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TRURO

Just 10 miles from St Austell, and an easy place to stop off and visit when staying at Trenython Manor, the busy cathedral city of Truro enjoys a rich history with several churches and buildings dating back over 800 years.

The city rose to prominence as an inland port during the industrial boom of the 18th and 19th centuries. During the same period, Truro also gained importance as an assay centre for the flourishing tin and copper mining industries, whose wealthy owners built themselves a series of elegant Georgian and Regency-style town houses, which can still be admired today for their beautifully proportioned architecture.

Truro’s most instantly recognisable building is its marvellous cathedral – with its unusual green spire – built in the gothic-revival style between 1880 and 1910 on the site of the 16th century church of St Mary the Virgin.  Parts of the original church remain as part of the cathedral’s south aisle, which is considered by many to be one of Cornwall’s best examples of medieval architecture.

Lemon Street is home to some of the best Georgian houses west of Bath and climbs from the largely pedestrianised centre of Truro up to the Lander Memorial, which was erected in 1835 to honour the Lander brothers, local explorers who eventually went out and discovered the source of the River Nile in Africa.

Truro has become the main Cornish centre for retailers, and alongside the high street chains there are many speciality shops and boutiques waiting to be discovered among the network of narrow little streets.The popular, indoor Pannier Market opens throughout the year and features interesting stalls and small craftwork businesses while the city centre is also garnering something of a reputation as a focal point for foodies, with a good selection of trendy cafés and bistros. Nightlife is also increasingly popular with a growing number of bars, clubs and quality restaurants.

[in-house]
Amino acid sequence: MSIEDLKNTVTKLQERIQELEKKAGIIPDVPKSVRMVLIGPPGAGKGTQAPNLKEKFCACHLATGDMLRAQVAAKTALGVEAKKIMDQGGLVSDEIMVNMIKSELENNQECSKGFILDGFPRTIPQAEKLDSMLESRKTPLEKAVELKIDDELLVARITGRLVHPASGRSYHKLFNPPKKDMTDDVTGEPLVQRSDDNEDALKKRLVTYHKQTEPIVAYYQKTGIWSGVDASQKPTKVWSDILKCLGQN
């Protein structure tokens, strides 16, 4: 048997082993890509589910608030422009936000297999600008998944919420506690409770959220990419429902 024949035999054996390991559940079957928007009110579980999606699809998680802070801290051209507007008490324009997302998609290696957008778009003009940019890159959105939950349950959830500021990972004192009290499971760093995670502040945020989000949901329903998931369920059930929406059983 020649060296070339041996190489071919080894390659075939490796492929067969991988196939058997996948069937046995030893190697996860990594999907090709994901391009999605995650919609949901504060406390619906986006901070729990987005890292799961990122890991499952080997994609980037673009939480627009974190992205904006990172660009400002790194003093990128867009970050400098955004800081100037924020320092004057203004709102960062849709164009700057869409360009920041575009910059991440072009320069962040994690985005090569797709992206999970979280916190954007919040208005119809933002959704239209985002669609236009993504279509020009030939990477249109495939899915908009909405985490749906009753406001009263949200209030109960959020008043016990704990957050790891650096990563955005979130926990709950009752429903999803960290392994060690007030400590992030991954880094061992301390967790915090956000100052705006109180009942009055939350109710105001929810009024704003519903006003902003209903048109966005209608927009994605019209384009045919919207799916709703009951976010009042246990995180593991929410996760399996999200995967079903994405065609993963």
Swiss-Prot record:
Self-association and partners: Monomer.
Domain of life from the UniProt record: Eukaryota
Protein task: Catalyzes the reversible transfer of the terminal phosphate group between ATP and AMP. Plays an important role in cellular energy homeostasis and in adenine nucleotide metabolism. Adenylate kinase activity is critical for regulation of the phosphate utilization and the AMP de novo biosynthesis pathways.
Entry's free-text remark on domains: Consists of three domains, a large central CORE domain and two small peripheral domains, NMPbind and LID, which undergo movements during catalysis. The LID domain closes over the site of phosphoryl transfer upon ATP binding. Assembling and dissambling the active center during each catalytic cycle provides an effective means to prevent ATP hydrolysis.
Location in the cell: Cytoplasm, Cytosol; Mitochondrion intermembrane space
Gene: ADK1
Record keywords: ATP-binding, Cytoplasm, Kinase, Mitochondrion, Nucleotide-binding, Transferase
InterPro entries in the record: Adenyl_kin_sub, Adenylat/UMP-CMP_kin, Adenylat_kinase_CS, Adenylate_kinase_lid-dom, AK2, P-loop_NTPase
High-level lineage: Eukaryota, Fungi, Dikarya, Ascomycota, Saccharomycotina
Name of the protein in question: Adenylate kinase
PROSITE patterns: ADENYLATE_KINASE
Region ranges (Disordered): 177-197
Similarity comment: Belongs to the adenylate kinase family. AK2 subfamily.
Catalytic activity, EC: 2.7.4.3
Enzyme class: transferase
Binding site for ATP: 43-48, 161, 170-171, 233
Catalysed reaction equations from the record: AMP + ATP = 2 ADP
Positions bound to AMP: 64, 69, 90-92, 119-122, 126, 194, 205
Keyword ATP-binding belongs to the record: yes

The Royal Cornwall Museum – the oldest in Cornwall – houses a number of fascinating archaeological and geological collections that depict Cornish history and culture going back to ancient times, including the so-called Arthur’s inscribed stone, while the city’s art gallery regularly hosts exhibitions from local and visiting artists.Truro is also blessed with some lovely open spaces and parks, among them the Victoria Gardens, Boscawen Park and Daubuz Moors.